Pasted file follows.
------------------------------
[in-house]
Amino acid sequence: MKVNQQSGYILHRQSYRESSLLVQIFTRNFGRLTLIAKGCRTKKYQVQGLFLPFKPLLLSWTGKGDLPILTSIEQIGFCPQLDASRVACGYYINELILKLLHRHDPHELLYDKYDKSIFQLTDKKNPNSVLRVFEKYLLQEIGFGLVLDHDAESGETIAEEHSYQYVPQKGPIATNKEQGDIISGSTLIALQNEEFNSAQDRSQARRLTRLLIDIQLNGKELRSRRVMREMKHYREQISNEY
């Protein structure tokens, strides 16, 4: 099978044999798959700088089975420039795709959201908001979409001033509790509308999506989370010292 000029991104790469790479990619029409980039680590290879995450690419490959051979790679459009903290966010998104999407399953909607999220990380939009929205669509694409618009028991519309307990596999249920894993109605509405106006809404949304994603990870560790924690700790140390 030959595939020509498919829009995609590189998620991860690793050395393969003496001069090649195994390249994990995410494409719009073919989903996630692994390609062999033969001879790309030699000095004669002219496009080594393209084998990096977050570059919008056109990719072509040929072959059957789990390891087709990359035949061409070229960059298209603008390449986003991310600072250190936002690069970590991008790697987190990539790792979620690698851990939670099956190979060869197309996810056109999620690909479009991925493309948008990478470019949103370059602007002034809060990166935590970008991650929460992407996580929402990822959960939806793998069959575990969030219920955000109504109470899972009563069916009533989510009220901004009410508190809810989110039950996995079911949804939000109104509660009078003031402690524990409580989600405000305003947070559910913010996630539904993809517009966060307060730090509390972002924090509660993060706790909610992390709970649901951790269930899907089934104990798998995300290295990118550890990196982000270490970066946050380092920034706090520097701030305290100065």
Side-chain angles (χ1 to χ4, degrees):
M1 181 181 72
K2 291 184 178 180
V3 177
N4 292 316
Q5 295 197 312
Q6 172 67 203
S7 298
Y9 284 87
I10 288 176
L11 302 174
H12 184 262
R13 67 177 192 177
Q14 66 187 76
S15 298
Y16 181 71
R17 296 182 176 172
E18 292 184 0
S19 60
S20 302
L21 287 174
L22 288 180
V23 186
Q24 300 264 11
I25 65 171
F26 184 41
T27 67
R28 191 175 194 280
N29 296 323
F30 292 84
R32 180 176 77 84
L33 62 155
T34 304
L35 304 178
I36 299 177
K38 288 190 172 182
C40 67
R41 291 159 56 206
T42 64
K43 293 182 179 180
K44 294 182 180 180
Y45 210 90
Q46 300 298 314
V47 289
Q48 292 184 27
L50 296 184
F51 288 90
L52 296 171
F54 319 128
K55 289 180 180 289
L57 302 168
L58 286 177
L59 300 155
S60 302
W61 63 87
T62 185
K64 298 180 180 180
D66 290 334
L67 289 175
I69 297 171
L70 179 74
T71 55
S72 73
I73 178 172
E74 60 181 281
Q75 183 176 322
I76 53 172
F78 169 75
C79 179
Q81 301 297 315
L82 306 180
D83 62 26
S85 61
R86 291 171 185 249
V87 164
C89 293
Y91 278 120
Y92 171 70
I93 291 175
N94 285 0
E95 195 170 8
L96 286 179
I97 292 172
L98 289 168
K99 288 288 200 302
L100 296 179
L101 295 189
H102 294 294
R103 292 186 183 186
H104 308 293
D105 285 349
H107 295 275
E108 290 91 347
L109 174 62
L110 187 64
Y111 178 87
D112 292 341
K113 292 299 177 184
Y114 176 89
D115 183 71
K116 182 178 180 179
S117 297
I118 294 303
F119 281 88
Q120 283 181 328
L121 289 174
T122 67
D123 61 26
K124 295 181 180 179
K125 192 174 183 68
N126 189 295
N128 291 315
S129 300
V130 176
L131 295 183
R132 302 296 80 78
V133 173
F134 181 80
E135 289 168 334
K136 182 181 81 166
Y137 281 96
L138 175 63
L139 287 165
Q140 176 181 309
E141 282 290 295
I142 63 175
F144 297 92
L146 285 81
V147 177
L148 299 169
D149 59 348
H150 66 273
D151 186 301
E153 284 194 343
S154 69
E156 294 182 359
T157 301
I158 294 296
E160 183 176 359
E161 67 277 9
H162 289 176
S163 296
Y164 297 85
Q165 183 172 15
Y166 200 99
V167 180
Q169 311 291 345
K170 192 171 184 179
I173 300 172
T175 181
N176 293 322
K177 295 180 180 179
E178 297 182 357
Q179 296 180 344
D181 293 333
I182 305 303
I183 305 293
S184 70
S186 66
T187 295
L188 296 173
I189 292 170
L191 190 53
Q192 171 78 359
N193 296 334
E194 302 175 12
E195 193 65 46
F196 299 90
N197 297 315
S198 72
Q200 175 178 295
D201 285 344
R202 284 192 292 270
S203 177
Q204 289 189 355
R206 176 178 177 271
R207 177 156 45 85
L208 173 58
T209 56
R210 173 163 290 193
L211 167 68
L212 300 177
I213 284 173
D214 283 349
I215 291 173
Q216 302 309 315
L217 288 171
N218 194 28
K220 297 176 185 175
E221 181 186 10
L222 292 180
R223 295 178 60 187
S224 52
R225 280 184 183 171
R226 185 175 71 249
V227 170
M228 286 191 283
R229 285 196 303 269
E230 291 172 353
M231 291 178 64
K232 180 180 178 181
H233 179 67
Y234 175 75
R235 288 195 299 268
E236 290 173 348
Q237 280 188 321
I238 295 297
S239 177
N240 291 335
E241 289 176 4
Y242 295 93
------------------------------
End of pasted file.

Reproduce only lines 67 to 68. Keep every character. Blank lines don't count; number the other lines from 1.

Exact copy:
I73 178 172
E74 60 181 281